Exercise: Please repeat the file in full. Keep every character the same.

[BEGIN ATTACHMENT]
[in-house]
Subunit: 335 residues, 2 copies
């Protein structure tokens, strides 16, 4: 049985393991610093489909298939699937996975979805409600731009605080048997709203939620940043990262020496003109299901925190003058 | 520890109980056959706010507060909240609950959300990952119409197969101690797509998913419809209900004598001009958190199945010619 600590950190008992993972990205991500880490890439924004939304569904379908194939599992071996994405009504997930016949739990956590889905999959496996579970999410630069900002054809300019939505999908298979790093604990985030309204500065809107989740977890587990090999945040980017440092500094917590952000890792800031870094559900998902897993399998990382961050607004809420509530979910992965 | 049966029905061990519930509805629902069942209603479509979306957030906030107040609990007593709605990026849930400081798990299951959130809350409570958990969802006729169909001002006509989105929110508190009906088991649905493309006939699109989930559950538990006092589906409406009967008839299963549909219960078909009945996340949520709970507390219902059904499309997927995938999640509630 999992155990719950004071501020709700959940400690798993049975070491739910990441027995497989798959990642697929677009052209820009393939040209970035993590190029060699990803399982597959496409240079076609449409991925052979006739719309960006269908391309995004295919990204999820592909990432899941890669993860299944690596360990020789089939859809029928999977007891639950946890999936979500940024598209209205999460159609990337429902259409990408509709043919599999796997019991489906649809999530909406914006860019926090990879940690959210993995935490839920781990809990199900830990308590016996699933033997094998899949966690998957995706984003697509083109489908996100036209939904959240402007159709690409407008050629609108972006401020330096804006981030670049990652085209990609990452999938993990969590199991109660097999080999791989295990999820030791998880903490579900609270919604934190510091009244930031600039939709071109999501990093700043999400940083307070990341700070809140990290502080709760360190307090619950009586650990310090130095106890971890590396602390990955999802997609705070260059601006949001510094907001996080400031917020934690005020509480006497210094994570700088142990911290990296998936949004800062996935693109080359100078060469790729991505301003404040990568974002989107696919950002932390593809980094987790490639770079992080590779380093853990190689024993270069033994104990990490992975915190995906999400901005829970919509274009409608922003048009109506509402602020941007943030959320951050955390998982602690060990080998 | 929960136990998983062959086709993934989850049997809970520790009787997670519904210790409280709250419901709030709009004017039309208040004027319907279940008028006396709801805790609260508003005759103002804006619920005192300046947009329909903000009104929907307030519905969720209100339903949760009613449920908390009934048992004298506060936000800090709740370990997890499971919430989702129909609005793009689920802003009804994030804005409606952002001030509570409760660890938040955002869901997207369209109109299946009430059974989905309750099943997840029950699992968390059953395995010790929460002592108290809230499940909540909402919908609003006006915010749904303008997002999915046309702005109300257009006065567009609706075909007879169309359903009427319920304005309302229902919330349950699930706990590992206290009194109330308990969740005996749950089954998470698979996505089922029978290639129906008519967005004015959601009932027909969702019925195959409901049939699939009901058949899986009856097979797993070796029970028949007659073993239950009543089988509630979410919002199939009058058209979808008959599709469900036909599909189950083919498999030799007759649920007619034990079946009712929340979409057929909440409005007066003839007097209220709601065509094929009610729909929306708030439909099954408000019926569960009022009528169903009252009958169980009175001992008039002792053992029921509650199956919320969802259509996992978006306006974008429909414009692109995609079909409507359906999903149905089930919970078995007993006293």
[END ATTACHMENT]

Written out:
[in-house]
Subunit: 335 residues, 2 copies
């Protein structure tokens, strides 16, 4: 049985393991610093489909298939699937996975979805409600731009605080048997709203939620940043990262020496003109299901925190003058 | 520890109980056959706010507060909240609950959300990952119409197969101690797509998913419809209900004598001009958190199945010619 600590950190008992993972990205991500880490890439924004939304569904379908194939599992071996994405009504997930016949739990956590889905999959496996579970999410630069900002054809300019939505999908298979790093604990985030309204500065809107989740977890587990090999945040980017440092500094917590952000890792800031870094559900998902897993399998990382961050607004809420509530979910992965 | 049966029905061990519930509805629902069942209603479509979306957030906030107040609990007593709605990026849930400081798990299951959130809350409570958990969802006729169909001002006509989105929110508190009906088991649905493309006939699109989930559950538990006092589906409406009967008839299963549909219960078909009945996340949520709970507390219902059904499309997927995938999640509630 999992155990719950004071501020709700959940400690798993049975070491739910990441027995497989798959990642697929677009052209820009393939040209970035993590190029060699990803399982597959496409240079076609449409991925052979006739719309960006269908391309995004295919990204999820592909990432899941890669993860299944690596360990020789089939859809029928999977007891639950946890999936979500940024598209209205999460159609990337429902259409990408509709043919599999796997019991489906649809999530909406914006860019926090990879940690959210993995935490839920781990809990199900830990308590016996699933033997094998899949966690998957995706984003697509083109489908996100036209939904959240402007159709690409407008050629609108972006401020330096804006981030670049990652085209990609990452999938993990969590199991109660097999080999791989295990999820030791998880903490579900609270919604934190510091009244930031600039939709071109999501990093700043999400940083307070990341700070809140990290502080709760360190307090619950009586650990310090130095106890971890590396602390990955999802997609705070260059601006949001510094907001996080400031917020934690005020509480006497210094994570700088142990911290990296998936949004800062996935693109080359100078060469790729991505301003404040990568974002989107696919950002932390593809980094987790490639770079992080590779380093853990190689024993270069033994104990990490992975915190995906999400901005829970919509274009409608922003048009109506509402602020941007943030959320951050955390998982602690060990080998 | 929960136990998983062959086709993934989850049997809970520790009787997670519904210790409280709250419901709030709009004017039309208040004027319907279940008028006396709801805790609260508003005759103002804006619920005192300046947009329909903000009104929907307030519905969720209100339903949760009613449920908390009934048992004298506060936000800090709740370990997890499971919430989702129909609005793009689920802003009804994030804005409606952002001030509570409760660890938040955002869901997207369209109109299946009430059974989905309750099943997840029950699992968390059953395995010790929460002592108290809230499940909540909402919908609003006006915010749904303008997002999915046309702005109300257009006065567009609706075909007879169309359903009427319920304005309302229902919330349950699930706990590992206290009194109330308990969740005996749950089954998470698979996505089922029978290639129906008519967005004015959601009932027909969702019925195959409901049939699939009901058949899986009856097979797993070796029970028949007659073993239950009543089988509630979410919002199939009058058209979808008959599709469900036909599909189950083919498999030799007759649920007619034990079946009712929340979409057929909440409005007066003839007097209220709601065509094929009610729909929306708030439909099954408000019926569960009022009528169903009252009958169980009175001992008039002792053992029921509650199956919320969802259509996992978006306006974008429909414009692109995609079909409507359906999903149905089930919970078995007993006293």